Giving Teachers More Flexibility On Diagnostic Assessments
August 13, 2012
Ontario’s teachers are some of the best trained when it comes to helping those students who need it most. That's why the McGuinty government is committed to giving teachers more flexibility when it comes to diagnostic assessments while continuing to respect the vital leadership of principals and school boards in making decisions on student supports.
Diagnostic assessments are used to identify a student’s needs, abilities and readiness to learn the knowledge and skills outlined in the curriculum. This information helps teachers determine where individual students are in their learning so that teachers can better personalize their instruction for a particular student’s needs.
Recently signed memorandums of understanding with the Ontario English Catholic Teachers’ Association (OECTA) and the Association des Enseignantes et des enseignants franco-ontariens (AEFO) are giving teachers greater autonomy in choosing appropriate assessment tools and in deciding how often assessments are needed.
The memorandums will ensure Ontario’s teachers are in a better position to apply their professional judgement on the selection and appropriate use of diagnostic assessments. The government intends for all local collective agreements to include clear language that gives teachers increased autonomy to select and use diagnostic assessments to meet the individual needs of students. Even with these changes, teachers will still be accountable to principals and school boards for their assessment decisions.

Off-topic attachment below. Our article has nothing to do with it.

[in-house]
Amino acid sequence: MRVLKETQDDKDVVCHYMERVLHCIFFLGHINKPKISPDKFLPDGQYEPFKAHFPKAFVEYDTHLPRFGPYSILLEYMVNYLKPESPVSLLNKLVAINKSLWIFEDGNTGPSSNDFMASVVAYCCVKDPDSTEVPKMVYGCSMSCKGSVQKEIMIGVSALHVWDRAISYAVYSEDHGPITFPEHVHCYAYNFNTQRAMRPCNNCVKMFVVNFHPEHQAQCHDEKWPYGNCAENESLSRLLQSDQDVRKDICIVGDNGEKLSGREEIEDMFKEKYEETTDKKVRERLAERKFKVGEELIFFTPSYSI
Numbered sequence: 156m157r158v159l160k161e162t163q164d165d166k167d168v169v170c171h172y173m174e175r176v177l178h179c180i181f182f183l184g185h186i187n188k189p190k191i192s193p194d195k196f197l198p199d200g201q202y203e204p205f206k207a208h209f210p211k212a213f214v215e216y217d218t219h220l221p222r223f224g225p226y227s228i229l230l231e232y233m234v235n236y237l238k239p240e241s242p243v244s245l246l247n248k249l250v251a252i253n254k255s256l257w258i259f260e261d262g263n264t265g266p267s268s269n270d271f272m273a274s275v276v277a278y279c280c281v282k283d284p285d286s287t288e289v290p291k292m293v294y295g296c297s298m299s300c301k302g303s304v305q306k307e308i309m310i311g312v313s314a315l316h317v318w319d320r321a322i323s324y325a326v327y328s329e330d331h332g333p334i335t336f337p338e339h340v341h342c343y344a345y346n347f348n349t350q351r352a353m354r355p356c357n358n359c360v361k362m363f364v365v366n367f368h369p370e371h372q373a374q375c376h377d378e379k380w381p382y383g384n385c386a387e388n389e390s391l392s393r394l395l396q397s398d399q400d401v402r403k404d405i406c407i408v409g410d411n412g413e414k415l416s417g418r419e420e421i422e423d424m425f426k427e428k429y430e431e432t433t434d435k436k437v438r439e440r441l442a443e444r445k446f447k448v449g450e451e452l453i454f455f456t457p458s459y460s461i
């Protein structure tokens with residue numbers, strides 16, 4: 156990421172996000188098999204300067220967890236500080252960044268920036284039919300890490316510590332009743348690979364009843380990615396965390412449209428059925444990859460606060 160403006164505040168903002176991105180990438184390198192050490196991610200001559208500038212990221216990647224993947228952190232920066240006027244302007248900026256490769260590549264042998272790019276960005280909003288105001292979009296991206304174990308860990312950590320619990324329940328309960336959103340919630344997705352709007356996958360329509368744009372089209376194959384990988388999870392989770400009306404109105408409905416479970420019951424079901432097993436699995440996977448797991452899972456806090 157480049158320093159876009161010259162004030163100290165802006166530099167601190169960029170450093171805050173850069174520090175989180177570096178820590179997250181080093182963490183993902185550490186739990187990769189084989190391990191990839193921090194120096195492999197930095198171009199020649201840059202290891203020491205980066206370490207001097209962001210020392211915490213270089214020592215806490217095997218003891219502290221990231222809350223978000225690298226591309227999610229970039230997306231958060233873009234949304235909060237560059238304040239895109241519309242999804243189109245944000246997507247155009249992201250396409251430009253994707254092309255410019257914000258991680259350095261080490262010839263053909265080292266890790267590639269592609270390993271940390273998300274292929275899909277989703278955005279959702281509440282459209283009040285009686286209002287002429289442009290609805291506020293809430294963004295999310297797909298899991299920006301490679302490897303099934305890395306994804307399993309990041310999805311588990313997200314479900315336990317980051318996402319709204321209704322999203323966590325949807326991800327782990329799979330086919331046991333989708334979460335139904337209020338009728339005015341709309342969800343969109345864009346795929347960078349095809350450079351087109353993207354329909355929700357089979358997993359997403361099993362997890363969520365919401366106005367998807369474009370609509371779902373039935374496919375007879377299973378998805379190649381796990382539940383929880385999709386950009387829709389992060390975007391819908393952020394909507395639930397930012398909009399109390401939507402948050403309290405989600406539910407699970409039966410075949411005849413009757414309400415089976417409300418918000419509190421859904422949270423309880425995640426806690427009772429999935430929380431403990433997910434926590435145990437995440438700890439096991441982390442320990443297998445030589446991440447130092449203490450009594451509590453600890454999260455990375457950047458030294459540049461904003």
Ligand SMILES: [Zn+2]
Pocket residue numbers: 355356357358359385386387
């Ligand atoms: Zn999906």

To assist principals and to provide general direction for all school boards, the Ministry of Education will release a Policy/Program Memorandum (PPM) that will establish best practices for the effective use of diagnostic assessments.
Local boards will develop a pre-approved list of appropriate assessment tools that is consistent with its improvement plan for student achievement. This is a change from current practice with no guidelines on frequency, type of testing and who gets tested. Increased autonomy enhances teachers’ ability to gather data that is relevant in order to make judgments on their students’ needs throughout the learning cycle. Principals and school boards will continue to provide vital leadership and oversight for teachers in making the best decisions when it comes to appropriate diagnostic assessments.
The McGuinty government recognizes that teachers are well equipped to determine the needs of their students. By giving teachers more flexibility to exercise their well-trained, professional judgement, the government is putting teachers in a better position to meet their students’ needs and to reduce gaps in achievement for struggling students.